Symptoms of gastroenteritis in children
The main symptoms of gastroenteritis are diarrhoea and vomiting. Your child may also have some additional symptoms caused by the infection, such as a high temperature (fever) and a tummy ache.
The vomiting will usually stop within one to three days, and the diarrhoea will usually pass within five to seven days, although it can last up to two weeks in some children.
Signs of dehydration
Gastroenteritis can also cause dehydration, which can be more serious than the infection itself. It is very important to be aware of the symptoms of dehydration so that you can recognise them in your child.
Symptoms of dehydration can include:
- dry mouth and eyes
- no tears produced when the child cries
- sunken appearance of the eyes
- urinating less frequently or having fewer wet nappies (no wet nappies for eight hours)
- drowsiness or reduced consciousness
- cold hands and feet
- pale or blotchy skin
- a sunken fontanelle (the soft spot on a baby's head)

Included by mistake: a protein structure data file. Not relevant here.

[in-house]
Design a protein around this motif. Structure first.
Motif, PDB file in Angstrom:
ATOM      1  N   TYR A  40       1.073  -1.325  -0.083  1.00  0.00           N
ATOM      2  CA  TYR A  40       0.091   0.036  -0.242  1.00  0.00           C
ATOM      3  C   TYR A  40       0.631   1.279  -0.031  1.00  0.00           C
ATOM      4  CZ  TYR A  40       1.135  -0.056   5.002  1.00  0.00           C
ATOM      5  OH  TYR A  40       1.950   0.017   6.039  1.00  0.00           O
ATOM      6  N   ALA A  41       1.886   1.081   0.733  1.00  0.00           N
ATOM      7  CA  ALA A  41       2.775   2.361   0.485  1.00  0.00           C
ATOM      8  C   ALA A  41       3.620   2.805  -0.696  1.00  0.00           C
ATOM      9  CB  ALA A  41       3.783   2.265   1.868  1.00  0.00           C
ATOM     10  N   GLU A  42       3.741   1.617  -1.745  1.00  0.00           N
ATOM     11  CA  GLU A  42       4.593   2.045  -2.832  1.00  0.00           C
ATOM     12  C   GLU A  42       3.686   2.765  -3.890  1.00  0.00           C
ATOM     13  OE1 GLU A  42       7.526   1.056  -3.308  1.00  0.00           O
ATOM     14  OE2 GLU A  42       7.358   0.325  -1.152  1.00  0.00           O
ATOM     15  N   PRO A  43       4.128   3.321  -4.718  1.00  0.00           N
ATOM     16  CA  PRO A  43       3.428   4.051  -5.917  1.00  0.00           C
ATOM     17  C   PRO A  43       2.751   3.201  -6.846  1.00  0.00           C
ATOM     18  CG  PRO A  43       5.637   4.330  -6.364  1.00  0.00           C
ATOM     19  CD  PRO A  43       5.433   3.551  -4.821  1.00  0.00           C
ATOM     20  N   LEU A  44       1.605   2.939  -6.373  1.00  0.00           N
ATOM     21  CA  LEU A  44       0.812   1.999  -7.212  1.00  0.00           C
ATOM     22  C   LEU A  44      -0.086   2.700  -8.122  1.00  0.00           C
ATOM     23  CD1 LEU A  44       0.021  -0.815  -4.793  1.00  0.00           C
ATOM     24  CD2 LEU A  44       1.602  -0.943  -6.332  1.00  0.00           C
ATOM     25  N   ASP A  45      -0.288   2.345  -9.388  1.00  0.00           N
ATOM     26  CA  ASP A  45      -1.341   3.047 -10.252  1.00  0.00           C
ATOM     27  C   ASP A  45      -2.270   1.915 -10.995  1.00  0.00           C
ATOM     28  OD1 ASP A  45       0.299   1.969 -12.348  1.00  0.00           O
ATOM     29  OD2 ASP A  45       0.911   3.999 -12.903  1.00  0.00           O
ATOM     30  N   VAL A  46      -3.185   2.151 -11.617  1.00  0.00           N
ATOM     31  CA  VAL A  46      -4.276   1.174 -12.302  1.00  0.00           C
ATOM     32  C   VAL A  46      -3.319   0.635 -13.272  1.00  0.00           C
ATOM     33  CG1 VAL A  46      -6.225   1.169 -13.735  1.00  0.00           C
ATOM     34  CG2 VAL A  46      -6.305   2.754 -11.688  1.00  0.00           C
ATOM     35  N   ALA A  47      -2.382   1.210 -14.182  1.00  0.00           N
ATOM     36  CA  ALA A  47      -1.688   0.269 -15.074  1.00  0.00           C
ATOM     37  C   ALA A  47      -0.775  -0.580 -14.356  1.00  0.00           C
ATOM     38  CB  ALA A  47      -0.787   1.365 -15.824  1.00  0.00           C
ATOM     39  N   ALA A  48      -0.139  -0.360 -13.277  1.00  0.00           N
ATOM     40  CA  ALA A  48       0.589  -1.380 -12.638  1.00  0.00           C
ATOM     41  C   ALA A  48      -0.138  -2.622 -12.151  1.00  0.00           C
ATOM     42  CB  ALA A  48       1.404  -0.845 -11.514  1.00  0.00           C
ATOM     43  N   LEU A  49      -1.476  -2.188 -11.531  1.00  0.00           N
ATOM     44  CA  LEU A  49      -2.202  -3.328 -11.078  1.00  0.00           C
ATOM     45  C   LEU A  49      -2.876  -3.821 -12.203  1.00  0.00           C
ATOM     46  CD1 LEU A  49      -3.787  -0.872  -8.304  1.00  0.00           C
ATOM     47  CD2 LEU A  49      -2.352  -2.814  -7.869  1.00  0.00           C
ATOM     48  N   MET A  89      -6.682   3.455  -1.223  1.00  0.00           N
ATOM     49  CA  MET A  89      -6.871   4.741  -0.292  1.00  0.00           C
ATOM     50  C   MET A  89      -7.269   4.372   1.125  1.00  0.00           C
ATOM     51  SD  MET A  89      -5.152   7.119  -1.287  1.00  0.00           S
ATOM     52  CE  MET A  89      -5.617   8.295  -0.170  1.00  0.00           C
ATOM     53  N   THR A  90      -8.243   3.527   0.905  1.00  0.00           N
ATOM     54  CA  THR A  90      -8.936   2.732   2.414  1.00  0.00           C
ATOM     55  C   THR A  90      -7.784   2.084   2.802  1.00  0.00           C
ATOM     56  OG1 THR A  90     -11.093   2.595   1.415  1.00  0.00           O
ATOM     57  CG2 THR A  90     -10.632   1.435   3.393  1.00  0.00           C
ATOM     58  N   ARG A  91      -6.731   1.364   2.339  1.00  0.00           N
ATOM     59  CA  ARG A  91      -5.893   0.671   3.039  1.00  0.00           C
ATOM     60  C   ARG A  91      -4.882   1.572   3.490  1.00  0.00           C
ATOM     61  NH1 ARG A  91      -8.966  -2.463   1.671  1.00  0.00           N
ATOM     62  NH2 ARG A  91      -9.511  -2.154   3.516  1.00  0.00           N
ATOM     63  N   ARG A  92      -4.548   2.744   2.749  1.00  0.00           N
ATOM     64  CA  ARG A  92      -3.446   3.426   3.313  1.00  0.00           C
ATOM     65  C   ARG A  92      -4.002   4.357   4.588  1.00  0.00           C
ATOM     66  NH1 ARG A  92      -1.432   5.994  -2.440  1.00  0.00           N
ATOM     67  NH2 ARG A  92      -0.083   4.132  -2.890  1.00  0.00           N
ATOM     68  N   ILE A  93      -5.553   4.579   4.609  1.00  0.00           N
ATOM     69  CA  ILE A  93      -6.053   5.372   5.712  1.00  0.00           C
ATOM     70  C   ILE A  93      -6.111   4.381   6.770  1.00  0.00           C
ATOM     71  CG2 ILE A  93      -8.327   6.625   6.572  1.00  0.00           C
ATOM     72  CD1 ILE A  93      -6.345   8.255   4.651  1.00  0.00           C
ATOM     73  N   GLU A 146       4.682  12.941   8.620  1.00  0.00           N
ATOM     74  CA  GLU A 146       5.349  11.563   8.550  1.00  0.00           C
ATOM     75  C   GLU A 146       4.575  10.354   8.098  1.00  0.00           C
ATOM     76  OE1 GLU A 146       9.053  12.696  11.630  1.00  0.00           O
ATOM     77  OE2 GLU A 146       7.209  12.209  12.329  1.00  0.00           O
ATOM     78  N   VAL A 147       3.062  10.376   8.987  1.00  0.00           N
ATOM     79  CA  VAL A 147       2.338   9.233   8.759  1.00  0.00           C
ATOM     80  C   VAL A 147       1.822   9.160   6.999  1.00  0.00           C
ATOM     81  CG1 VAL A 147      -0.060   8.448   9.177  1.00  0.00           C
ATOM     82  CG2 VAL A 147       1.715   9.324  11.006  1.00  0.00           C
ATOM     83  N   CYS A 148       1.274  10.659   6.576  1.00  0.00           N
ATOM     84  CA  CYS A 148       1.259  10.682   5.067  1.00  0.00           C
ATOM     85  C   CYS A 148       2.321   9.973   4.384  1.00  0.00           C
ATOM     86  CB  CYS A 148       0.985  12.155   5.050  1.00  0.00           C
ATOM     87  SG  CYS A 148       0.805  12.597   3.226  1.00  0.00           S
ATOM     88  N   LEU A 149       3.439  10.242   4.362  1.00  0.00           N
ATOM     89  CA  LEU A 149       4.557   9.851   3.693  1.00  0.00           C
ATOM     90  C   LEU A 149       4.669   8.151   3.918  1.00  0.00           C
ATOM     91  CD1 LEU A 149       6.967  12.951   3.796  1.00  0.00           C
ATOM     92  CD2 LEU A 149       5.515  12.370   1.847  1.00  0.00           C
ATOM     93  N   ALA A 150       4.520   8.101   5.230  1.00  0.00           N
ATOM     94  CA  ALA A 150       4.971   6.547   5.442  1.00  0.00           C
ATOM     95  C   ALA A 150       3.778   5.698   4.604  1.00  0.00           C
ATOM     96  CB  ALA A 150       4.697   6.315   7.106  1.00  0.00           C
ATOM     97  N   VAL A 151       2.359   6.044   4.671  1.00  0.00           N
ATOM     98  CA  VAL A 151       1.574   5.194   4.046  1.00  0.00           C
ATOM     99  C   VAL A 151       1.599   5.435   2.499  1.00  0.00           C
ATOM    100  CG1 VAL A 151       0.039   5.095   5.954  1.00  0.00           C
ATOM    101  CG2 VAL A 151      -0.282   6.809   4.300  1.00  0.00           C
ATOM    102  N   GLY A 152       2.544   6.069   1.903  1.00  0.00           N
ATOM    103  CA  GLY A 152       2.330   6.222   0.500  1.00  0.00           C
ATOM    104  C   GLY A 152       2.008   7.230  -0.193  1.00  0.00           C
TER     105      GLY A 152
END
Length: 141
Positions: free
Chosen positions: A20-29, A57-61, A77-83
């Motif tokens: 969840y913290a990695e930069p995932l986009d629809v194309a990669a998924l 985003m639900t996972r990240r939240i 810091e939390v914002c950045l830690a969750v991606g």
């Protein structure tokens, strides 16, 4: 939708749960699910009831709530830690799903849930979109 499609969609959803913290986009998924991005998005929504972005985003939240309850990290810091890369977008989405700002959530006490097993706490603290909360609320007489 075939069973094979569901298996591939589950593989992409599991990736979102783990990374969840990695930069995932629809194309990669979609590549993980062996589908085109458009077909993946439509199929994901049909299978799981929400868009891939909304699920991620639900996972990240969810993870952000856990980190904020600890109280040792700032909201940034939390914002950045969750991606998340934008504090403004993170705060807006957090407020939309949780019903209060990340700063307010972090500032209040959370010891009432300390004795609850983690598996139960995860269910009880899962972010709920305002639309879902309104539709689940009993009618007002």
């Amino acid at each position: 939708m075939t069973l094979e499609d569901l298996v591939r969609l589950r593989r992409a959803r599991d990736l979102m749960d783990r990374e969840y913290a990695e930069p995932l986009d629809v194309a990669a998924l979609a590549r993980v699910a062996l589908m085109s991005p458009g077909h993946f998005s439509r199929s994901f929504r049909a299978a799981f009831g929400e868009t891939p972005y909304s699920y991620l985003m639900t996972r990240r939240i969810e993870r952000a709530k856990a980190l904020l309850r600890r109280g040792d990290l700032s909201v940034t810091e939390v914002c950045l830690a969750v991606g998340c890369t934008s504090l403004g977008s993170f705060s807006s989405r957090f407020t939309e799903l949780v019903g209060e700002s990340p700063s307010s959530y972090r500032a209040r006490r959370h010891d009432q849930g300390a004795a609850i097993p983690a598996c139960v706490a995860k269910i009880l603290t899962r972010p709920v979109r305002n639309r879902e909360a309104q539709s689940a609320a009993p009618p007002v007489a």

- fast breathing
Contact your GP immediately if you think your child is dehydrated. If this is not possible, call NHS 111 or your local out-of-hours service for advice.
Signs of a more serious illness
Gastroenteritis shares many of the initial symptoms of more serious childhood conditions. It is important to be aware of the signs and symptoms that suggest your child has a more serious condition.
Signs and symptoms to look out for are:
- a temperature of 38°C (100.4°F) or higher in children younger than three months
- a temperature of 39°C (102.2°F) or higher in children older than three months
- shortness of breath
- abnormally rapid breathing
- a change in their normal mental state, such as appearing confused
- stiff neck
- a swelling in the soft part of their head (fontanelle)
- a blotchy red rash, which, unlike most other rashes, does not fade when you put a glass against it
- blood or mucus in their stools (faeces)
- green vomit
- severe stomach pain
- swelling of their stomach
- vomiting for longer than three days
- diarrhoea that lasts longer than a week
- symptoms of dehydration that persist or get worse, despite treatment with fluids and oral rehydration solutions
Contact your GP for advice as soon as possible if you notice any of the above signs and symptoms. Call NHS 111 or your local out-of-hours service if you cannot get hold of your GP.
Page last reviewed: 28/03/2014
Next review due: 28/03/2016